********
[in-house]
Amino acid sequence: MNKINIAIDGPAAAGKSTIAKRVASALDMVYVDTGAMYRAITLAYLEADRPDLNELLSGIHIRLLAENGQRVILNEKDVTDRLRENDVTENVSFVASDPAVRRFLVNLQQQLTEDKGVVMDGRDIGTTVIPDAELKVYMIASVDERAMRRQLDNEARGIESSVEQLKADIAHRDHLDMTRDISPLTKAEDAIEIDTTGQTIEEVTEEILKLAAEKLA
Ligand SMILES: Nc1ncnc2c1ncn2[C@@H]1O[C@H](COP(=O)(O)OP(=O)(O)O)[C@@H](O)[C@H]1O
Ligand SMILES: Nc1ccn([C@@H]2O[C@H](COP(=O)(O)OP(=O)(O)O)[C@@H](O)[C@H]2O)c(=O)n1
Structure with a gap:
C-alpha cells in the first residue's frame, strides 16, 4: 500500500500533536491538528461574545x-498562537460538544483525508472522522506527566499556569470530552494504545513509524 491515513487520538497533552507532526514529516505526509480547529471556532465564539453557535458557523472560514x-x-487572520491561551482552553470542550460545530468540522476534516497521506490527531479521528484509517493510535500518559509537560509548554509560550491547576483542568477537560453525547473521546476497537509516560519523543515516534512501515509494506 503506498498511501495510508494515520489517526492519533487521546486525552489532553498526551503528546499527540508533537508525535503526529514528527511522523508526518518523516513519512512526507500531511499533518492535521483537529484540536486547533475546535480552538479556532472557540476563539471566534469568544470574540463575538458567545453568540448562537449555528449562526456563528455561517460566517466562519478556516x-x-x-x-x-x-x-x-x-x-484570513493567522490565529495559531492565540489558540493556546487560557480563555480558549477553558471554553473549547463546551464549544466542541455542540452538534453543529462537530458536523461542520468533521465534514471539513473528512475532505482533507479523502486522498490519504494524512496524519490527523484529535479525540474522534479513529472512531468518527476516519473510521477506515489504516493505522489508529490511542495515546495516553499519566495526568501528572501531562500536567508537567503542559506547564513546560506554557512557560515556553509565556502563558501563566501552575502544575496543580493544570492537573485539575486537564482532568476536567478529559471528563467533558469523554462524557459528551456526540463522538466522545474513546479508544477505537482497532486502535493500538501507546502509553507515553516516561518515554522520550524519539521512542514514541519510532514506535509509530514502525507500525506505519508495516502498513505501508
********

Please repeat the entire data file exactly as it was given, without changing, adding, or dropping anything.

[in-house]
Amino acid sequence: MNKINIAIDGPAAAGKSTIAKRVASALDMVYVDTGAMYRAITLAYLEADRPDLNELLSGIHIRLLAENGQRVILNEKDVTDRLRENDVTENVSFVASDPAVRRFLVNLQQQLTEDKGVVMDGRDIGTTVIPDAELKVYMIASVDERAMRRQLDNEARGIESSVEQLKADIAHRDHLDMTRDISPLTKAEDAIEIDTTGQTIEEVTEEILKLAAEKLA
Ligand SMILES: Nc1ncnc2c1ncn2[C@@H]1O[C@H](COP(=O)(O)OP(=O)(O)O)[C@@H](O)[C@H]1O
Ligand SMILES: Nc1ccn([C@@H]2O[C@H](COP(=O)(O)OP(=O)(O)O)[C@@H](O)[C@H]2O)c(=O)n1
Structure with a gap:
C-alpha cells in the first residue's frame, strides 16, 4: 500500500500533536491538528461574545x-498562537460538544483525508472522522506527566499556569470530552494504545513509524 491515513487520538497533552507532526514529516505526509480547529471556532465564539453557535458557523472560514x-x-487572520491561551482552553470542550460545530468540522476534516497521506490527531479521528484509517493510535500518559509537560509548554509560550491547576483542568477537560453525547473521546476497537509516560519523543515516534512501515509494506 503506498498511501495510508494515520489517526492519533487521546486525552489532553498526551503528546499527540508533537508525535503526529514528527511522523508526518518523516513519512512526507500531511499533518492535521483537529484540536486547533475546535480552538479556532472557540476563539471566534469568544470574540463575538458567545453568540448562537449555528449562526456563528455561517460566517466562519478556516x-x-x-x-x-x-x-x-x-x-484570513493567522490565529495559531492565540489558540493556546487560557480563555480558549477553558471554553473549547463546551464549544466542541455542540452538534453543529462537530458536523461542520468533521465534514471539513473528512475532505482533507479523502486522498490519504494524512496524519490527523484529535479525540474522534479513529472512531468518527476516519473510521477506515489504516493505522489508529490511542495515546495516553499519566495526568501528572501531562500536567508537567503542559506547564513546560506554557512557560515556553509565556502563558501563566501552575502544575496543580493544570492537573485539575486537564482532568476536567478529559471528563467533558469523554462524557459528551456526540463522538466522545474513546479508544477505537482497532486502535493500538501507546502509553507515553516516561518515554522520550524519539521512542514514541519510532514506535509509530514502525507500525506505519508495516502498513505501508